The National Urban League’s State of Black America report is the foremost report card on Black America’s progress. And according to Urban League president and CEO Marc Morial, “Black America is in crisis — a jobs crisis, a justice crisis, and an educational crisis.”
Each year the State of Black America report calculates an “equality index” that compares how African-Americans are doing compared to their white counterparts in five crucial areas: economics, social justice, education, health, and civic engagement. A 100% equality index indicates compete equality with White America.
African-American Equality Index In Five Key Areas (100% indicates full parity with White America)
Social Justice: 60.6%
Civic Engagement: 104%
The good news is that blacks have achieved parity in civic engagement. In addition, the Affordable Care Act has increased the health equality index by giving more African-Americans access to health care.
Unfortunately, we still fall woefully behind in the areas of education, social justice, and economics. The black-white gap is particularly glaring in terms of economics. As the report indicates, rather than having a whole pie (100%), which would mean full equality with whites, African-Americans are missing out on nearly 44% of the economic pie.
In particular the report warns that:
-Black median household income is about 60% of that of whites – $34,815 vs. $57,684, respectively.
-African Americans are more than twice as likely as whites to be living in poverty.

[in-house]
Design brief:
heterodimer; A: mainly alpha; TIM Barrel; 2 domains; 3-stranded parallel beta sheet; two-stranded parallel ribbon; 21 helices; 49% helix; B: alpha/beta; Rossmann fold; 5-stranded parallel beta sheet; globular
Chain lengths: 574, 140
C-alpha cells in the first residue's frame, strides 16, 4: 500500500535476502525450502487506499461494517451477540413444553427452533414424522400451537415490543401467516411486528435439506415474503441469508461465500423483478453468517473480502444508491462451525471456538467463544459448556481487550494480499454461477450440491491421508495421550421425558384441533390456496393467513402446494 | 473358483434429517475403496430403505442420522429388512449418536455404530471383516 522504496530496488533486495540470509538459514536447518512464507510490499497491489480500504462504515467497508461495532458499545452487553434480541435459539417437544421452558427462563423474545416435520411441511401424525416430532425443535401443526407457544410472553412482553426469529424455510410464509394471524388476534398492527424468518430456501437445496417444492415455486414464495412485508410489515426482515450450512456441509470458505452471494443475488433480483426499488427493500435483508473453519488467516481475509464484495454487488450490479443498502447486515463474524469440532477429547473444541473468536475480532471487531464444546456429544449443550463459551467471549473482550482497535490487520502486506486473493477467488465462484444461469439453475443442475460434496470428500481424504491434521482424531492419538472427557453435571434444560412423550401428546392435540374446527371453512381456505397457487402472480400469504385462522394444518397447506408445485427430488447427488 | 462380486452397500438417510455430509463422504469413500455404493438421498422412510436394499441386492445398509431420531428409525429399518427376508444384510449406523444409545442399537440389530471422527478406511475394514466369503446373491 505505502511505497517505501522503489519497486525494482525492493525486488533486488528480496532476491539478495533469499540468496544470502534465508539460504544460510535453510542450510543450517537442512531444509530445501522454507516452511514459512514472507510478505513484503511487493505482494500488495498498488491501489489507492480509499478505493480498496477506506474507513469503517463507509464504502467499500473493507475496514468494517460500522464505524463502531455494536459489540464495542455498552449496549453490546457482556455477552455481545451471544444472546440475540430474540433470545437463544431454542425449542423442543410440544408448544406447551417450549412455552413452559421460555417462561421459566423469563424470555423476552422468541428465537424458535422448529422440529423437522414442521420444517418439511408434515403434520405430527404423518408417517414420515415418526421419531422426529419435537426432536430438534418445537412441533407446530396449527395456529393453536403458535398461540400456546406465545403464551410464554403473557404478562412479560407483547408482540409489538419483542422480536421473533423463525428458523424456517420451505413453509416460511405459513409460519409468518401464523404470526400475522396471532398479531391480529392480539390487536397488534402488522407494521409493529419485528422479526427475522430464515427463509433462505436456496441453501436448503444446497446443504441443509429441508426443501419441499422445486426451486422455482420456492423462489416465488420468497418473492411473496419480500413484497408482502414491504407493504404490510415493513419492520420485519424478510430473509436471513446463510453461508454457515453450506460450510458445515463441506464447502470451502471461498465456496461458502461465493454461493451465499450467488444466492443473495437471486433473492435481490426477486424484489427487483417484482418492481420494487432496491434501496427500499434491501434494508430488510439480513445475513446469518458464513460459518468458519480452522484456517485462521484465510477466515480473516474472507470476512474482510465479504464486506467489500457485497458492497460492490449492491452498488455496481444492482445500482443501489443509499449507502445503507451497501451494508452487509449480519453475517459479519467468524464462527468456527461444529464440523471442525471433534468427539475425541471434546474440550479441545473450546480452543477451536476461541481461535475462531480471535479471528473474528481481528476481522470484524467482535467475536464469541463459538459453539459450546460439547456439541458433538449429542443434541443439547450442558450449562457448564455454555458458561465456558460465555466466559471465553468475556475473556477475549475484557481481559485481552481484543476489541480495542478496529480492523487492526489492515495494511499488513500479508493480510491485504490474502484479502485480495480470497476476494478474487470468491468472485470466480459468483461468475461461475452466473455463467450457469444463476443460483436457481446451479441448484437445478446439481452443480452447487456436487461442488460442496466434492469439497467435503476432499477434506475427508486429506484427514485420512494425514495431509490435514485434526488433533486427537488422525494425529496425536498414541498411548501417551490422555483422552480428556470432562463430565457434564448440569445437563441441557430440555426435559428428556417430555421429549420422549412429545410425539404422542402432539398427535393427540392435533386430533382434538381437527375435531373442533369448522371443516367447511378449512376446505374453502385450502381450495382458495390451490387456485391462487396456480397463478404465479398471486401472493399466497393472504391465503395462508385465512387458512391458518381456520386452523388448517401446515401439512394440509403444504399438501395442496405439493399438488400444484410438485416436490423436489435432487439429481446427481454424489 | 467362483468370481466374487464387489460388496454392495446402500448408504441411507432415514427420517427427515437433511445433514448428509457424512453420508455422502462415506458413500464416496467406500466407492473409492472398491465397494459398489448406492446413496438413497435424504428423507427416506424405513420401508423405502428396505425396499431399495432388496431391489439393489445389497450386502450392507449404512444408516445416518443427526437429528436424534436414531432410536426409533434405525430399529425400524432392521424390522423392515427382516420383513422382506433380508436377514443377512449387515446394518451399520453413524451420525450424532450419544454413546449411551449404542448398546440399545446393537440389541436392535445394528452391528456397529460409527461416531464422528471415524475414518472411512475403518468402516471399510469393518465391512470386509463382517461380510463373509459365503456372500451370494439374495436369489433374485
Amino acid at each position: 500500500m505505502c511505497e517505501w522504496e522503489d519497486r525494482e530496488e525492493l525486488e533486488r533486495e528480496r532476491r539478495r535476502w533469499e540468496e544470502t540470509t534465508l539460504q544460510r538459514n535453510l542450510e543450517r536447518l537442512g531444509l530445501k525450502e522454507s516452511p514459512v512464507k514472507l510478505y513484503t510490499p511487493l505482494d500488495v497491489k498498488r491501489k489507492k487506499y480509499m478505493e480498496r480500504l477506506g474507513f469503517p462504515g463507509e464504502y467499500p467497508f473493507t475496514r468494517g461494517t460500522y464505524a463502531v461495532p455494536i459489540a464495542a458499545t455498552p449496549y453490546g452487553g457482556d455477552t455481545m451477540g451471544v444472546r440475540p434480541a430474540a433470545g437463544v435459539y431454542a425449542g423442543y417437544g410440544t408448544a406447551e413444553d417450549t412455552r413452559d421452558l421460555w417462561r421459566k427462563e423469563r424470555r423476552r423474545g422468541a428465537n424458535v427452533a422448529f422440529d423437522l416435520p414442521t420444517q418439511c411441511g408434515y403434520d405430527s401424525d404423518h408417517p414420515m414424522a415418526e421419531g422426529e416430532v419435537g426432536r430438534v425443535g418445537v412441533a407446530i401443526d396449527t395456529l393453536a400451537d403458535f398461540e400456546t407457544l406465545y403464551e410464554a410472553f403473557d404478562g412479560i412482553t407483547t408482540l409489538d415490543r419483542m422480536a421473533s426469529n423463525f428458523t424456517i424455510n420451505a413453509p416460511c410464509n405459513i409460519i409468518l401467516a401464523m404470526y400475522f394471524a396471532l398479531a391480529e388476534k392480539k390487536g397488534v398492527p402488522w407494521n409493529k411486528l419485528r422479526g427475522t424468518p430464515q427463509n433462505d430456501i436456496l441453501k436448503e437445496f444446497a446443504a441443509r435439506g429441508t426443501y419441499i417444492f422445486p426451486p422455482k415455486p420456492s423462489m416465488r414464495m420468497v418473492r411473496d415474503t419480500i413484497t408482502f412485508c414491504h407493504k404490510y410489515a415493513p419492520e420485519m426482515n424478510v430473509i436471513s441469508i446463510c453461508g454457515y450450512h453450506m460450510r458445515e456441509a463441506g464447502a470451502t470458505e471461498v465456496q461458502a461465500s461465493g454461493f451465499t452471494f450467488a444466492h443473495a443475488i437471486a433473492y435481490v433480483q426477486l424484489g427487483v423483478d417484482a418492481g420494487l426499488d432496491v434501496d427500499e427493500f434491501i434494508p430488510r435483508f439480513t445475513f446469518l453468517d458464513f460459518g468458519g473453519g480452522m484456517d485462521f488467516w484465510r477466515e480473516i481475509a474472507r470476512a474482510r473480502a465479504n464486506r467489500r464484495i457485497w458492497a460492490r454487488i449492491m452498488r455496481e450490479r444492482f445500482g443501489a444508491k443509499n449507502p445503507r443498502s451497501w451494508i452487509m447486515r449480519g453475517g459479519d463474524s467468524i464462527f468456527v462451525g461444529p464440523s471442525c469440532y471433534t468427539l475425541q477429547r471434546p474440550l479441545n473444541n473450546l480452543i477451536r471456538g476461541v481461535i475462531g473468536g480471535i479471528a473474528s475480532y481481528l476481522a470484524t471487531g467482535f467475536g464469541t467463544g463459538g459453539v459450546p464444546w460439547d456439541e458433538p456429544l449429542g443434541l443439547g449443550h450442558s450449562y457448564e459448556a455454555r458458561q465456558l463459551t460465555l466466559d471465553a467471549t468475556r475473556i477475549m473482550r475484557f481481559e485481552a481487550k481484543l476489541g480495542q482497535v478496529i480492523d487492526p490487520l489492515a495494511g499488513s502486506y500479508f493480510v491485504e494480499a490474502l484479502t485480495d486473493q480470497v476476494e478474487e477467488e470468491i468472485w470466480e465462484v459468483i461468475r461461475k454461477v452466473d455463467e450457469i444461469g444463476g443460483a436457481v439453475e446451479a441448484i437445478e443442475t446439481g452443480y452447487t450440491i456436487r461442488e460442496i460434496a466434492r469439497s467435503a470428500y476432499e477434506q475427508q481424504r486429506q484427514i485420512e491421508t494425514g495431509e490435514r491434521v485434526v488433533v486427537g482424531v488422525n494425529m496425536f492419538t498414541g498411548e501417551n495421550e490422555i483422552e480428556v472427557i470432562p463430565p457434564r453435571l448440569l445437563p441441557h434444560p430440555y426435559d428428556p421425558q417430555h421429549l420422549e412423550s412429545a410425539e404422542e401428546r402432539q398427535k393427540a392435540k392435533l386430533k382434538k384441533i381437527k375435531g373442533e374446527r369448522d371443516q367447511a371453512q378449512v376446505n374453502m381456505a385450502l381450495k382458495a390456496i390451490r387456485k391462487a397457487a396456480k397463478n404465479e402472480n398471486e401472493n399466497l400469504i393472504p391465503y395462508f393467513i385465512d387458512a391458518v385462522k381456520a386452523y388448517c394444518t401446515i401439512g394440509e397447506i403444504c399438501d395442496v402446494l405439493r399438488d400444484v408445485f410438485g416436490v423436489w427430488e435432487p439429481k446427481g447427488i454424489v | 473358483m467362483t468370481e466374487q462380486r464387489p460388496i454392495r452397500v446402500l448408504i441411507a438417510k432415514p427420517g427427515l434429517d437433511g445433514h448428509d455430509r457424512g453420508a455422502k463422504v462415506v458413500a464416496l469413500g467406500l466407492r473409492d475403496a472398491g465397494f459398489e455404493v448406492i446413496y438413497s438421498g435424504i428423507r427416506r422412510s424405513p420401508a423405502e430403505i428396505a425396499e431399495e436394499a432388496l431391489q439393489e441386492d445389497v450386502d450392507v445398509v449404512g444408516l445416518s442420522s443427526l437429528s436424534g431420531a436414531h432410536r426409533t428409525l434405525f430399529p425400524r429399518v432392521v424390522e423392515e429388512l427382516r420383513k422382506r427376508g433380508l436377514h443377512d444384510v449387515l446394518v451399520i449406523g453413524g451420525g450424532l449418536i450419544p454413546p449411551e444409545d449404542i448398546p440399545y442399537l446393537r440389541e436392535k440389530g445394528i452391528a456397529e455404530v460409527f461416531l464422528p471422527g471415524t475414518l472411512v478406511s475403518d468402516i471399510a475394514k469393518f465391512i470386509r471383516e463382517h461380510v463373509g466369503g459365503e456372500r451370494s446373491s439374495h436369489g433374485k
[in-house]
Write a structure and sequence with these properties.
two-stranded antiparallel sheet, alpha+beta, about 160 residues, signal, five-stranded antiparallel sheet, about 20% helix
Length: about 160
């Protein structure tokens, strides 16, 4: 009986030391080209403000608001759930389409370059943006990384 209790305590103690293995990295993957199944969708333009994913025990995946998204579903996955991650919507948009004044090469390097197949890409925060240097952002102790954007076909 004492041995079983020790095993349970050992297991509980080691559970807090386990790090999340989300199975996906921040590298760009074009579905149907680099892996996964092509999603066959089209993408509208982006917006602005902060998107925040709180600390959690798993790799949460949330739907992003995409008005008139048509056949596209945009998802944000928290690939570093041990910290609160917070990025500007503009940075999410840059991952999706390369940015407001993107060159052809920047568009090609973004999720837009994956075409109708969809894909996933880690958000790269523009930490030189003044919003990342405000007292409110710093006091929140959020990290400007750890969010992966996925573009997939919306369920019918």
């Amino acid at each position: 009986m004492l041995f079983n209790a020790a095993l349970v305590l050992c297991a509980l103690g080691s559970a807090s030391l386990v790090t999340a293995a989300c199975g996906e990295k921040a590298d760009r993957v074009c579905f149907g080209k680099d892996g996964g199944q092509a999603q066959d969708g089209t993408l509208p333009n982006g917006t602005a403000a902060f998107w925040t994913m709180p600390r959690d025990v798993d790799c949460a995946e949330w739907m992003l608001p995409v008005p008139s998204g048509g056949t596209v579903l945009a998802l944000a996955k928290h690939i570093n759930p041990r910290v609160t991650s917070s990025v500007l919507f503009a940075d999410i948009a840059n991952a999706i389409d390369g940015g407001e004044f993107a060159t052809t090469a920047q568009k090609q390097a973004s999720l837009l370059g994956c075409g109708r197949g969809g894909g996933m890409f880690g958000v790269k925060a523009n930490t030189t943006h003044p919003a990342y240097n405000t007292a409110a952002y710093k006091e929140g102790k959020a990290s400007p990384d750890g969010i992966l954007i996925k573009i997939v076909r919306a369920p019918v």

-Blacks have a median wealth of $6,314 vs. whites who have $110,500, meaning the median African-American household has just 6 cents in wealth for every dollar of white household wealth.
-The Black unemployment rate is more than double the white unemployment rate – with Blacks at 11.3% and whites at 5.3%.
So what are some of the answers to help close the black-white economic equality gap?
Alfred Edmonds, Senior Vice President and Chief Content Officer of Black Enterprise, suggests that African-Americans should start to train for and look for jobs in high paying and fast growing industries such as technology and health care.
Alfred Liggins, President and CEO of Radio One, advocates black economic empowerment through entrepreneurship. “According to the U.S. Census Bureau, things are rapidly improving, but we have decades of entrepreneurial and economic disparity to contend with in the African-American community…I believe that business ownership is a must to truly dictate the long-term success and trajectory of one’s life, family and generations to come ….”
Edmonds agrees adding that we as African-Americans need to become very serious about entrepreneurial education and financial literacy in our communities.
While the National Urban League State of Black America Report paints a gloomy picture it also reminds us that we have the power to create a brighter future. As the report concludes:
“We are a nation that has to confront today’s challenges with a clear understanding of our past. This is our work, and we will succeed because we are resilient – buoyed by our victories of yesterday, our progress of today and our hopes for tomorrow.“
BMWK, what can Black America do to create a brighter economic future?